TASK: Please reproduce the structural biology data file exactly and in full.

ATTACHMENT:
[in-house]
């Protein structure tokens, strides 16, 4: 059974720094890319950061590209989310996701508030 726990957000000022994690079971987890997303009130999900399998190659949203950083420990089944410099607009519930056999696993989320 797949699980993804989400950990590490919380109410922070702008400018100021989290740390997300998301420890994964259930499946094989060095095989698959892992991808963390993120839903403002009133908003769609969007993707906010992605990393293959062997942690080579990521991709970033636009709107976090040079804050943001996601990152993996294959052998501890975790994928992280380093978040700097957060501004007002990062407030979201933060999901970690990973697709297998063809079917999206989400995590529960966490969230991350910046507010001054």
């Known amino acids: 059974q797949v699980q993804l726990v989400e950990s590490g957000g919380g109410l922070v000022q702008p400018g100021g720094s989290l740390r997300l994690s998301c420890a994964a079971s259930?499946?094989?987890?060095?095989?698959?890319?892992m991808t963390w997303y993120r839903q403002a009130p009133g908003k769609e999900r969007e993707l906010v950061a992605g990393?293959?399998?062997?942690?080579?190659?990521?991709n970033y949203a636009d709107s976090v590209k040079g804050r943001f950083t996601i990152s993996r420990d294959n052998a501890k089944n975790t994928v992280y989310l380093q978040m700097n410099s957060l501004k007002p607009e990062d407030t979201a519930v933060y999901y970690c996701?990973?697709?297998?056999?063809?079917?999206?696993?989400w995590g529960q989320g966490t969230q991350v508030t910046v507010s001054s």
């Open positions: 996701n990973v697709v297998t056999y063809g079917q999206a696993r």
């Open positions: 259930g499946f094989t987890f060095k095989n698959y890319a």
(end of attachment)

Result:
[in-house]
């Protein structure tokens, strides 16, 4: 059974720094890319950061590209989310996701508030 726990957000000022994690079971987890997303009130999900399998190659949203950083420990089944410099607009519930056999696993989320 797949699980993804989400950990590490919380109410922070702008400018100021989290740390997300998301420890994964259930499946094989060095095989698959892992991808963390993120839903403002009133908003769609969007993707906010992605990393293959062997942690080579990521991709970033636009709107976090040079804050943001996601990152993996294959052998501890975790994928992280380093978040700097957060501004007002990062407030979201933060999901970690990973697709297998063809079917999206989400995590529960966490969230991350910046507010001054």
């Known amino acids: 059974q797949v699980q993804l726990v989400e950990s590490g957000g919380g109410l922070v000022q702008p400018g100021g720094s989290l740390r997300l994690s998301c420890a994964a079971s259930?499946?094989?987890?060095?095989?698959?890319?892992m991808t963390w997303y993120r839903q403002a009130p009133g908003k769609e999900r969007e993707l906010v950061a992605g990393?293959?399998?062997?942690?080579?190659?990521?991709n970033y949203a636009d709107s976090v590209k040079g804050r943001f950083t996601i990152s993996r420990d294959n052998a501890k089944n975790t994928v992280y989310l380093q978040m700097n410099s957060l501004k007002p607009e990062d407030t979201a519930v933060y999901y970690c996701?990973?697709?297998?056999?063809?079917?999206?696993?989400w995590g529960q989320g966490t969230q991350v508030t910046v507010s001054s």
């Open positions: 996701n990973v697709v297998t056999y063809g079917q999206a696993r």
């Open positions: 259930g499946f094989t987890f060095k095989n698959y890319a």